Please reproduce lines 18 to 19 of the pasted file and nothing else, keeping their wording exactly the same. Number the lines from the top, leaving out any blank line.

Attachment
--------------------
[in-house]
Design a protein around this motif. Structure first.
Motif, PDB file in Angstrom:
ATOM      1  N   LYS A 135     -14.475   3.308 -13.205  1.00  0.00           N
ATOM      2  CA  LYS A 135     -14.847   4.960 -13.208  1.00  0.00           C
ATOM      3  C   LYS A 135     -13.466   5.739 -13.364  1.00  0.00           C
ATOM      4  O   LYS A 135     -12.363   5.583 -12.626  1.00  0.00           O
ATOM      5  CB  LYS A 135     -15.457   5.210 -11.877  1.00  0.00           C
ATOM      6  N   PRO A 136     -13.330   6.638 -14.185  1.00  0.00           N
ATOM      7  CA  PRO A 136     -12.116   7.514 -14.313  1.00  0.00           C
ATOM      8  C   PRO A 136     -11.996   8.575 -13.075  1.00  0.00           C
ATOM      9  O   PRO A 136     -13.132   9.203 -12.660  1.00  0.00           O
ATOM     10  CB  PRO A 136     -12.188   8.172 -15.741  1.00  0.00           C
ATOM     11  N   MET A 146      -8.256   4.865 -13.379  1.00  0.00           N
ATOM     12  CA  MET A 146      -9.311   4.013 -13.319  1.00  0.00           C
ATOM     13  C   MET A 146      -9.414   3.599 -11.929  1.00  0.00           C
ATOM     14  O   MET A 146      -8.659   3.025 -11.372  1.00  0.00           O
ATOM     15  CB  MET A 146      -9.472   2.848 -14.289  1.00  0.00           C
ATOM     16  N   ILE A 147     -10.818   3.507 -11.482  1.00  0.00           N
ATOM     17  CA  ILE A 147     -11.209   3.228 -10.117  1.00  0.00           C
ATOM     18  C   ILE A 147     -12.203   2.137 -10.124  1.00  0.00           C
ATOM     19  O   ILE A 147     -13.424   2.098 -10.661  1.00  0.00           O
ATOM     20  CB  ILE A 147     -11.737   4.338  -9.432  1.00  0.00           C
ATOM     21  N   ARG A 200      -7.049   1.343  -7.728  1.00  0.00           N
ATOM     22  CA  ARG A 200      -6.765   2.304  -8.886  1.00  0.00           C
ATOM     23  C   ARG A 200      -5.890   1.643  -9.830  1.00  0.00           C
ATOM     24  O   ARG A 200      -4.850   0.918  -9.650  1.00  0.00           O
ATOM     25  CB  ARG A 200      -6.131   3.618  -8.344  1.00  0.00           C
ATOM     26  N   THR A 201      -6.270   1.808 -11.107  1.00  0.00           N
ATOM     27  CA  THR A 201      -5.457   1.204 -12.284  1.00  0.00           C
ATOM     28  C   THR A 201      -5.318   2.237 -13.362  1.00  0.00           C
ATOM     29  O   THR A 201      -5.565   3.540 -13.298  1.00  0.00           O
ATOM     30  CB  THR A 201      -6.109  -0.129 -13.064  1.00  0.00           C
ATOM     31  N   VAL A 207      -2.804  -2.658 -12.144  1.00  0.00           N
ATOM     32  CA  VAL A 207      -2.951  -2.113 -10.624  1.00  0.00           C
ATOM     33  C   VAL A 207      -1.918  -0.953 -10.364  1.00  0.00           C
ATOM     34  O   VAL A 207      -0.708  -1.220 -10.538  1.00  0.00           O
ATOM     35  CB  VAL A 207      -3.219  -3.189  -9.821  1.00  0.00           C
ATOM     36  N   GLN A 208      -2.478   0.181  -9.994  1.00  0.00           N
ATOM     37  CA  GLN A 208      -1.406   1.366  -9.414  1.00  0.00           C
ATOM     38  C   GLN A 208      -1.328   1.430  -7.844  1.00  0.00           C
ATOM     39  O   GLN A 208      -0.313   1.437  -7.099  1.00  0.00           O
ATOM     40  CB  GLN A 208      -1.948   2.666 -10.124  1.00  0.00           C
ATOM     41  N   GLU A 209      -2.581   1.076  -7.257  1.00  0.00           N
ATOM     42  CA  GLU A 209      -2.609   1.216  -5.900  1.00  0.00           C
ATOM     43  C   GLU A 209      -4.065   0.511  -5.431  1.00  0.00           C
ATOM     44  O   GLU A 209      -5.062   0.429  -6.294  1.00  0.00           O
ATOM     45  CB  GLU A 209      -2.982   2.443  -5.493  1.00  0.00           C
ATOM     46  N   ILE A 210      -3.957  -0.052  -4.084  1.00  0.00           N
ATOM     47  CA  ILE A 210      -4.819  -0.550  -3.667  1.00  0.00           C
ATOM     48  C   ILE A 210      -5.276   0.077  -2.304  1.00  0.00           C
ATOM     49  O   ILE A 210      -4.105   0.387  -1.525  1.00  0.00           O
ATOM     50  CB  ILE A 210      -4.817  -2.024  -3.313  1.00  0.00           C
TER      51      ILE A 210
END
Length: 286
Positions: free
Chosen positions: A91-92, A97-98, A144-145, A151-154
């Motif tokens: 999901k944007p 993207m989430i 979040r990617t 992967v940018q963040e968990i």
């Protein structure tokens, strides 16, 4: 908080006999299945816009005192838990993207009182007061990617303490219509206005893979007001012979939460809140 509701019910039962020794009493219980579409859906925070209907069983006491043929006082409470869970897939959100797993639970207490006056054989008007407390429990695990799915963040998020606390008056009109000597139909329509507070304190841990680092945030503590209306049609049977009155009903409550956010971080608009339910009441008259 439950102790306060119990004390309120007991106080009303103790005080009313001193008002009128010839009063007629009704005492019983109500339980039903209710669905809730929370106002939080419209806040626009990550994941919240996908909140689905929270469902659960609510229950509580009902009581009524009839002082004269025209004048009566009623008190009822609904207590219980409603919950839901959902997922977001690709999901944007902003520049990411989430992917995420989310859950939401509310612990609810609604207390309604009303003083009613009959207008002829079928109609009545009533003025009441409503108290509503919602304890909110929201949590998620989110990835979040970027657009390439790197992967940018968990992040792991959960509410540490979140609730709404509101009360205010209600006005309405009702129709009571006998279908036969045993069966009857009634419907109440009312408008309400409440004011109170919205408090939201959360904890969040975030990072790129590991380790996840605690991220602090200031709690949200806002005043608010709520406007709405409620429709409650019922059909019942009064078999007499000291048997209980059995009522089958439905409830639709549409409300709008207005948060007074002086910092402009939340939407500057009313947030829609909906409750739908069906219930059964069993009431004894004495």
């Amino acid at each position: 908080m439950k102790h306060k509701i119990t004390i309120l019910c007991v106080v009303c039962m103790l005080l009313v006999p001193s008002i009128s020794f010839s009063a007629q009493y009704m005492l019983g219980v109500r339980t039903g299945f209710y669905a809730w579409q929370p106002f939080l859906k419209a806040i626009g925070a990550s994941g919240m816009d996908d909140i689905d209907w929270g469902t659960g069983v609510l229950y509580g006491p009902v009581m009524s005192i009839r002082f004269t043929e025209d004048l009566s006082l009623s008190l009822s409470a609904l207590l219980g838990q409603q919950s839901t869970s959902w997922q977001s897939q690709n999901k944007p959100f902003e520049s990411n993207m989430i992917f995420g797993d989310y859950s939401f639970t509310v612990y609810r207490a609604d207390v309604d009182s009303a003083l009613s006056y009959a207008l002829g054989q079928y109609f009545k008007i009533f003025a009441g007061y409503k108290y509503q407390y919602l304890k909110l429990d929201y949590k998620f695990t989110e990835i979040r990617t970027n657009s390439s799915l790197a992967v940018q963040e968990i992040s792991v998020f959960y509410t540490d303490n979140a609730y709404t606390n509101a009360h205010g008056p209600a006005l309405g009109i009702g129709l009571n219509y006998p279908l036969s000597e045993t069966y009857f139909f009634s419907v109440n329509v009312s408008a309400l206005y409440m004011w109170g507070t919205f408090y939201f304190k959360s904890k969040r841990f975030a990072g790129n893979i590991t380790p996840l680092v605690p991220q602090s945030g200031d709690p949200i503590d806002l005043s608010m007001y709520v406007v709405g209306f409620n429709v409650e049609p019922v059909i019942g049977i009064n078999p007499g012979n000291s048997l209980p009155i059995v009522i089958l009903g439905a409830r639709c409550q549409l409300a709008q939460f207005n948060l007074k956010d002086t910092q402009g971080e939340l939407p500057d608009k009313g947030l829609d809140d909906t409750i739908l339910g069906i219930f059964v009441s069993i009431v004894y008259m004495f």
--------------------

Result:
ATOM     15  CB  MET A 146      -9.472   2.848 -14.289  1.00  0.00           C
ATOM     16  N   ILE A 147     -10.818   3.507 -11.482  1.00  0.00           N